Firearms and the Violent Transformation of Native America

Cover: Thundersticks in HARDCOVERDavid J. Silverman is an award-winning professor of history at George Washington University. He is the author of the new book, Thundersticks: Firearms and the Violent Transformation of Native America.
Between the early seventeenth and late nineteenth centuries, indigenous people across North America revolutionized their lives with firearms. The implications of this intervention, however, are complex, resting on how Native people incorporated guns into a vast range of their military, political, social, cultural, and economic activities.

The revolutionary potential of firearms extended from their destructive power, something historians have routinely downplayed. It has become commonplace for scholars to contend that firearms were attractive to Indians mainly because of their so-called psychological effect, referring to the terror and amazement produced by their pyrotechnics. Supposedly, early modern firearms, particularly the smoothbore, flintlock muskets which predominated until the early nineteenth century, were too inaccurate, slow to load, unwieldy, and fragile to supersede the bow and arrow. Indigenous people judged otherwise. They made the musket their weapon of choice in close-range ambushes, sieges of fortified settlements, and even hunting. The emergence of rifle technology in the mid to late eighteenth century, and of breech loaders, repeating rifles, and six shooter pistols in the mid nineteenth century, only accelerated this trend. Natives eagerly sought firearms not because they were dazzled by the technology. Rather, they realized that differential access to guns had become a key determinant in the rise of some Native peoples, and the vulnerability of others to captivity, enslavement, dispossession, horse raiding, and death, specifically the Five Nations Iroquois, the slave-raiding tribes of the Southeast (Westos, Savannahs, Creeks, and Chickasaws), the Osages of the Missouri-Mississippi confluence, the Comanches of the southern Plains, the Blackfeet of the northern Plains and Rocky Mountain West, the Nootkas of Vancouver Island, and the Sitka Tlingits of the Alaskan panhandle.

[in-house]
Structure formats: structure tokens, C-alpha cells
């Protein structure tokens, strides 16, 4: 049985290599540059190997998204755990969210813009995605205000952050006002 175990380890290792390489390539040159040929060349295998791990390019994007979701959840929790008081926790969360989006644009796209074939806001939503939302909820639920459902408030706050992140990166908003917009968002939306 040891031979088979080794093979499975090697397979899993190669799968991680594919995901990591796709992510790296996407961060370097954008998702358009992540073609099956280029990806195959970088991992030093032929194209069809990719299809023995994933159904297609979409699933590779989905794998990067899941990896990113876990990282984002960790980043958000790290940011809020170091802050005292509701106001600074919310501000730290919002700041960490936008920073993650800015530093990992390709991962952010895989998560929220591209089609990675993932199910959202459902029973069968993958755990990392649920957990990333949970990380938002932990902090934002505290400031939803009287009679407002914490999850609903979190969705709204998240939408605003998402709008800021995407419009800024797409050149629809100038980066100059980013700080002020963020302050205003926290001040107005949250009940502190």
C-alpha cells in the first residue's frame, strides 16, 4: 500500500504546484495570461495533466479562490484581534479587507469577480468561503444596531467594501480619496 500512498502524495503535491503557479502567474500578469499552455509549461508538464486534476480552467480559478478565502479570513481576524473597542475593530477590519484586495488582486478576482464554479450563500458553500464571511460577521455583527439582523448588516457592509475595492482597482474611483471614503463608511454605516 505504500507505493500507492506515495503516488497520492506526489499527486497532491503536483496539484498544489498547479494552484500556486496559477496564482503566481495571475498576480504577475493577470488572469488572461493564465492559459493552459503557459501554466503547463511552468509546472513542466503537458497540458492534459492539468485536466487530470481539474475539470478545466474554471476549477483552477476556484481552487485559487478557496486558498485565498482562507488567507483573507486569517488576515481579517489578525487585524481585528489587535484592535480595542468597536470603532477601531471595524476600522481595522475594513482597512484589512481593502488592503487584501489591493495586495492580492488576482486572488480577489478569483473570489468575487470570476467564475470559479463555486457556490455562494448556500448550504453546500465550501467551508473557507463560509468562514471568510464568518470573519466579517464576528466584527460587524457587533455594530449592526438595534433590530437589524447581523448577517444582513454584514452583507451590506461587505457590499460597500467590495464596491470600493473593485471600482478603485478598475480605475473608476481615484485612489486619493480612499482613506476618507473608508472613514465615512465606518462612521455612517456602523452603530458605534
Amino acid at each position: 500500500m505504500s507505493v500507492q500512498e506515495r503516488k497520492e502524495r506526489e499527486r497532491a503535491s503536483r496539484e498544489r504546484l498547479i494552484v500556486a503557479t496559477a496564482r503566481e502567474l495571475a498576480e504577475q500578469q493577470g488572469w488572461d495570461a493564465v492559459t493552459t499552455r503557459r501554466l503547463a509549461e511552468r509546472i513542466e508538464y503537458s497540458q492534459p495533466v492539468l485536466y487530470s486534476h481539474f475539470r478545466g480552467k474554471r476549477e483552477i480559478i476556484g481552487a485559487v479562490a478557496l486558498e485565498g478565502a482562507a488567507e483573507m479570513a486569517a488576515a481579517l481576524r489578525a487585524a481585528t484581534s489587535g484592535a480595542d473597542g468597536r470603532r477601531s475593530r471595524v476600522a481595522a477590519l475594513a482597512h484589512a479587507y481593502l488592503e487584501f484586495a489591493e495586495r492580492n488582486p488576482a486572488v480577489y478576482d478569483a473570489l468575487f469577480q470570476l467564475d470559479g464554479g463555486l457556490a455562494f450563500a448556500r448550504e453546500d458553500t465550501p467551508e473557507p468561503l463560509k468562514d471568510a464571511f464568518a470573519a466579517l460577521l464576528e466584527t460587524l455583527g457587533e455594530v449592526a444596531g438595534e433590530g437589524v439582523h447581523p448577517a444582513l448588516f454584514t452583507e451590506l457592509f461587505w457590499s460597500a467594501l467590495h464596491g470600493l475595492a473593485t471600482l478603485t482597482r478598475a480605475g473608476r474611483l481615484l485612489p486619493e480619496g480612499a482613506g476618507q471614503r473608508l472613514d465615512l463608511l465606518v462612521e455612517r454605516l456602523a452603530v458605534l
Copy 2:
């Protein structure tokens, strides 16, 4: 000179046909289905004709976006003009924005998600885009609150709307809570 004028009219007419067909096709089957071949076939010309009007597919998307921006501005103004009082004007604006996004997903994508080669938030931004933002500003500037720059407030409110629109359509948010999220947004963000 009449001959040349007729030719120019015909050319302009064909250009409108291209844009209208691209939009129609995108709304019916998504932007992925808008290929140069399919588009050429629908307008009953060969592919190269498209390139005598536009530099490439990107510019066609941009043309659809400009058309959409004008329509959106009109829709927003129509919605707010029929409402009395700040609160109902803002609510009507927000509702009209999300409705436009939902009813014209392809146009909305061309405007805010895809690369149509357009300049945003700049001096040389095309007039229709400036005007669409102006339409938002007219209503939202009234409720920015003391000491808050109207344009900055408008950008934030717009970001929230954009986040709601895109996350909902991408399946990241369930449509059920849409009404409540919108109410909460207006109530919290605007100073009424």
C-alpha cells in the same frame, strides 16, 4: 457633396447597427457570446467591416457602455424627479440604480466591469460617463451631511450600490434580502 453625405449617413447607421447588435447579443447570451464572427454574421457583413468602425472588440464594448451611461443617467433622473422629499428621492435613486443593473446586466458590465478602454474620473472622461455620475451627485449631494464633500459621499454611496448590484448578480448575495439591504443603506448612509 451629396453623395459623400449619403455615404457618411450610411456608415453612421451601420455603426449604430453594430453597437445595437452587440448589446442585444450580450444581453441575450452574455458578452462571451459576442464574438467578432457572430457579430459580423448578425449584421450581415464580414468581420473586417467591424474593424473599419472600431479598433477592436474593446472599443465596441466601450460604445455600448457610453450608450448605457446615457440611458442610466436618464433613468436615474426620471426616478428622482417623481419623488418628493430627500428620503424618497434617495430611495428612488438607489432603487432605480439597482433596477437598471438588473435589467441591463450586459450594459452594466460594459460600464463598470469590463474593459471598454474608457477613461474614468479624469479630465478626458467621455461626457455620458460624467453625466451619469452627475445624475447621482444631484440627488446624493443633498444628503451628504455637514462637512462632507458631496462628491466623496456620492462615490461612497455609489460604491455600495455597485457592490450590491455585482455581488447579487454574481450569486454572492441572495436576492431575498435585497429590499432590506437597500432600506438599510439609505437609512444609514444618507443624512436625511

Arms races erupted across Native America as indigenous people came to terms with the military potential of firearms, the implications of which are best understood through the lens of political economy. Indeed, a people’s stockpile of arms and access to economic resources became mutually reinforcing. Without guns and ammunition, it was difficult to defend and expand the group’s hunting grounds, trade routes, and targets of captive raids. Likewise, without these economic resources, a people could not acquire weapons to defend themselves and pursue their economic interests.

Consequently, Native polities cultivated arms trade with multiple sources to ensure dependable flows of munitions at low costs, even in the event of war with the societies of those suppliers. Sometimes the arms dealers hailed from different nations, such as England, France, the Netherlands, or Spain, or different colonies of the same nation, in the case of the English provinces of the Atlantic seaboard. In other times and places, munitions came from one or more Native groups playing the role of middleman between colonial markets and Indians of the interior, as in the cases of the Wichitas of the southern Plains and the Crees and Assinboines of Canadian subarctic and Plains. The point of cultivating so many trade partners was to prevent foreigners from turning the people’s dependence on firearms into political and economic weakness.

Indian polities used commercial and military leverage to shape these relationships to their advantage. They warned gun dealers that they would take their trade elsewhere unless they received gunsmithing, powder, and shot on acceptable terms. They threatened gunrunners who did business with them not to supply their rivals. Traders who bent to these demands often found themselves with customers so loyal that they could be trusted to repay large extensions of credit, even in the absence of formal legal mechanisms to enforce these agreements.  Gunrunners who ignored the Indians’ conditions suffered a loss of business, at best, and sometimes the loss of their lives. Such tactics were basic to the intertribal and Indian-colonial weapons economy throughout its lengthy history.

The widespread success of Indians at building and maintaining large arsenals of firearms reveals the high degree of interdependence between Indians and Euro-Americans. This interdependence stemmed from a number of factors.  For one, Indians were the main suppliers of the colonies’ beaver and otter pelts, deer skins, and buffalo robes.  The fur trade was big business in nearly every colony in its opening decades and, in some cases, throughout its existence.  Some fur trade enterprises had influence in the upper ranks of colonial and imperial government; thus, Indians sold valuable resources to weighty interests.  What they insisted on receiving in exchange, above all else, were munitions and gunsmithing. The Indians’ Euro-American trade partners could either meet this demand at reasonable cost or lose their Native customers and risk turning them into enemies. Colonial and imperial authorities, knowing all too well about the high cost of warring against Indians, responded by making gifts of munitions and gunsmithing a routine part of their diplomacy with them.  Oftentimes, presents of these goods and services were so common that powerful Indian groups no longer had to pay for them to any significant degree.